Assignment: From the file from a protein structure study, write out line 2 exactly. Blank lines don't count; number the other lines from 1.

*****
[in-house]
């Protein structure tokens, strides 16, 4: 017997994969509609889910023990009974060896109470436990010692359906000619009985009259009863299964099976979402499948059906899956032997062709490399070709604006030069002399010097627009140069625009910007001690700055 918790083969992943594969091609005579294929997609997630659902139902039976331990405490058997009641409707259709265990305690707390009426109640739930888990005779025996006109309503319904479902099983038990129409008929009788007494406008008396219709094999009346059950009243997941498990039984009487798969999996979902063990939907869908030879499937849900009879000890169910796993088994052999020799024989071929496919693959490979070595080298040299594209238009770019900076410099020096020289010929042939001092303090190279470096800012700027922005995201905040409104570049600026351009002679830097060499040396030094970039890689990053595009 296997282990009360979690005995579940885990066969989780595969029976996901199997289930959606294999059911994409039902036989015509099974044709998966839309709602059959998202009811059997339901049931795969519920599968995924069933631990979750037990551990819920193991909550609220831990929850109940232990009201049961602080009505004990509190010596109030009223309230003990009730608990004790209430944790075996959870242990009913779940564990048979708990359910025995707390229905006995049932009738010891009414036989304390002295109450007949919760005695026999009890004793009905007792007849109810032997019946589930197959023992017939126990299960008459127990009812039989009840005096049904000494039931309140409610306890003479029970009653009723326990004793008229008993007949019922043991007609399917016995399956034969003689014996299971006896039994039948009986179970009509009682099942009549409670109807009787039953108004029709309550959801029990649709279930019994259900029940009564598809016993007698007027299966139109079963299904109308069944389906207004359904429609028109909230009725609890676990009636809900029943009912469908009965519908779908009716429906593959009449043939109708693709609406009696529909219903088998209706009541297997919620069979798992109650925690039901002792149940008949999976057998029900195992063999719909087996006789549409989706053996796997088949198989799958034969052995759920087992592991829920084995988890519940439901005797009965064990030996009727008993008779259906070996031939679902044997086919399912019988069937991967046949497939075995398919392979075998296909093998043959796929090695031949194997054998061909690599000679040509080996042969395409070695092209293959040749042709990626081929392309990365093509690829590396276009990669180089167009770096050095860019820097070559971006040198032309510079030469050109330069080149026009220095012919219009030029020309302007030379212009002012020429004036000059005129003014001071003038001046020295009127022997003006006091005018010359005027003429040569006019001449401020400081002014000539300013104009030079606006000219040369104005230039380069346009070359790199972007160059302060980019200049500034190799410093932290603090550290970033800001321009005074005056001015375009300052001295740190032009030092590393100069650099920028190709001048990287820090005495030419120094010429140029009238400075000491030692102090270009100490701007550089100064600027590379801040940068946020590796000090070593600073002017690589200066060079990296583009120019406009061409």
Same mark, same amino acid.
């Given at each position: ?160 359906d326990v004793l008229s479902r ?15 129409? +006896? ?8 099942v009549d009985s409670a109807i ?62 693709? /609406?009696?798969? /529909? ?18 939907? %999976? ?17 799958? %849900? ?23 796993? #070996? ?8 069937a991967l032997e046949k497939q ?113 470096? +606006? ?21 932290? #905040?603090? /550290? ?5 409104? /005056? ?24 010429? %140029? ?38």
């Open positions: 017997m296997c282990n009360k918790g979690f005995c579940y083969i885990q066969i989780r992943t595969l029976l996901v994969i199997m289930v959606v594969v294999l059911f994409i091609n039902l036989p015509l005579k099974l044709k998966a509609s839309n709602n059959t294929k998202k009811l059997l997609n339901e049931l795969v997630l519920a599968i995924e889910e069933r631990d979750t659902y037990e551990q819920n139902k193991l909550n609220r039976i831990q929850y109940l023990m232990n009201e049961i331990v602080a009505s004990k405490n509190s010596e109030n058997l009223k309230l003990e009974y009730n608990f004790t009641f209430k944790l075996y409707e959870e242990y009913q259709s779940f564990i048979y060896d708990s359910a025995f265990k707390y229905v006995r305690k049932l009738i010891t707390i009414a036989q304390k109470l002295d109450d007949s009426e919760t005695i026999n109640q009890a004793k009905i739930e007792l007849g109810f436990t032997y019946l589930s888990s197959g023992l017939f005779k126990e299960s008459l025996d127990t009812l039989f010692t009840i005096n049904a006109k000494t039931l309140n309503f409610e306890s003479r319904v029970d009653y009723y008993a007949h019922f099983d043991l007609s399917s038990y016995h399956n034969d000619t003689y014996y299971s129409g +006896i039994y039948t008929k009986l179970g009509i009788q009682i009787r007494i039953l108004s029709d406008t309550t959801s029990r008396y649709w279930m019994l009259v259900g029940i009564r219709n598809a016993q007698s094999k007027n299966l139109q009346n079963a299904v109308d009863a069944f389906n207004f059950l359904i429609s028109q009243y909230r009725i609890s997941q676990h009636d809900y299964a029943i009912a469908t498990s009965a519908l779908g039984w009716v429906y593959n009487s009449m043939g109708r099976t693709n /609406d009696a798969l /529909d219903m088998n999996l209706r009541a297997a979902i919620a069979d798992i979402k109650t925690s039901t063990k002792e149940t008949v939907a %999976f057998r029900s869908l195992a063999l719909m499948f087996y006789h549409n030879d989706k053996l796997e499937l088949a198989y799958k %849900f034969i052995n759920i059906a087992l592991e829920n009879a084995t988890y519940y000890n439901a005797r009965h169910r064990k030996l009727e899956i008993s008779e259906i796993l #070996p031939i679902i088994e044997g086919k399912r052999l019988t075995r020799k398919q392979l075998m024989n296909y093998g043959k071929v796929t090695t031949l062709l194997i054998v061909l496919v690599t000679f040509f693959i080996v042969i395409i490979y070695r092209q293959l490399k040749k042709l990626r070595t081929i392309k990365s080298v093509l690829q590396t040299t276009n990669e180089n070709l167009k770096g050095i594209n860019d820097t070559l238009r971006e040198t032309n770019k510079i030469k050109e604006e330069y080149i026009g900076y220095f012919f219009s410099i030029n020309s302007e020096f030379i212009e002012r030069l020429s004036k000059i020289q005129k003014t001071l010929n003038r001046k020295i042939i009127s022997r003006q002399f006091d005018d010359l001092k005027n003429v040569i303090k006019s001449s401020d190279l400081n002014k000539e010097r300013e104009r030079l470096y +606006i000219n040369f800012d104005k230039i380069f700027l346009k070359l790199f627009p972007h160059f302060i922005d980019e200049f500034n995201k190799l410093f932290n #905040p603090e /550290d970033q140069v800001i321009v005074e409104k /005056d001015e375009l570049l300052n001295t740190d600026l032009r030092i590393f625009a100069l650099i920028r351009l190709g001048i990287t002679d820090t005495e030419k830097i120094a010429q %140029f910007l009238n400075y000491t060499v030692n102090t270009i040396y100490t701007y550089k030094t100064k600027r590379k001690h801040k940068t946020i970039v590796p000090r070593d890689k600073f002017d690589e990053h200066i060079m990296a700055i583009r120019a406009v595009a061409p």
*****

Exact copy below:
């Protein structure tokens, strides 16, 4: 017997994969509609889910023990009974060896109470436990010692359906000619009985009259009863299964099976979402499948059906899956032997062709490399070709604006030069002399010097627009140069625009910007001690700055 918790083969992943594969091609005579294929997609997630659902139902039976331990405490058997009641409707259709265990305690707390009426109640739930888990005779025996006109309503319904479902099983038990129409008929009788007494406008008396219709094999009346059950009243997941498990039984009487798969999996979902063990939907869908030879499937849900009879000890169910796993088994052999020799024989071929496919693959490979070595080298040299594209238009770019900076410099020096020289010929042939001092303090190279470096800012700027922005995201905040409104570049600026351009002679830097060499040396030094970039890689990053595009 296997282990009360979690005995579940885990066969989780595969029976996901199997289930959606294999059911994409039902036989015509099974044709998966839309709602059959998202009811059997339901049931795969519920599968995924069933631990979750037990551990819920193991909550609220831990929850109940232990009201049961602080009505004990509190010596109030009223309230003990009730608990004790209430944790075996959870242990009913779940564990048979708990359910025995707390229905006995049932009738010891009414036989304390002295109450007949919760005695026999009890004793009905007792007849109810032997019946589930197959023992017939126990299960008459127990009812039989009840005096049904000494039931309140409610306890003479029970009653009723326990004793008229008993007949019922043991007609399917016995399956034969003689014996299971006896039994039948009986179970009509009682099942009549409670109807009787039953108004029709309550959801029990649709279930019994259900029940009564598809016993007698007027299966139109079963299904109308069944389906207004359904429609028109909230009725609890676990009636809900029943009912469908009965519908779908009716429906593959009449043939109708693709609406009696529909219903088998209706009541297997919620069979798992109650925690039901002792149940008949999976057998029900195992063999719909087996006789549409989706053996796997088949198989799958034969052995759920087992592991829920084995988890519940439901005797009965064990030996009727008993008779259906070996031939679902044997086919399912019988069937991967046949497939075995398919392979075998296909093998043959796929090695031949194997054998061909690599000679040509080996042969395409070695092209293959040749042709990626081929392309990365093509690829590396276009990669180089167009770096050095860019820097070559971006040198032309510079030469050109330069080149026009220095012919219009030029020309302007030379212009002012020429004036000059005129003014001071003038001046020295009127022997003006006091005018010359005027003429040569006019001449401020400081002014000539300013104009030079606006000219040369104005230039380069346009070359790199972007160059302060980019200049500034190799410093932290603090550290970033800001321009005074005056001015375009300052001295740190032009030092590393100069650099920028190709001048990287820090005495030419120094010429140029009238400075000491030692102090270009100490701007550089100064600027590379801040940068946020590796000090070593600073002017690589200066060079990296583009120019406009061409």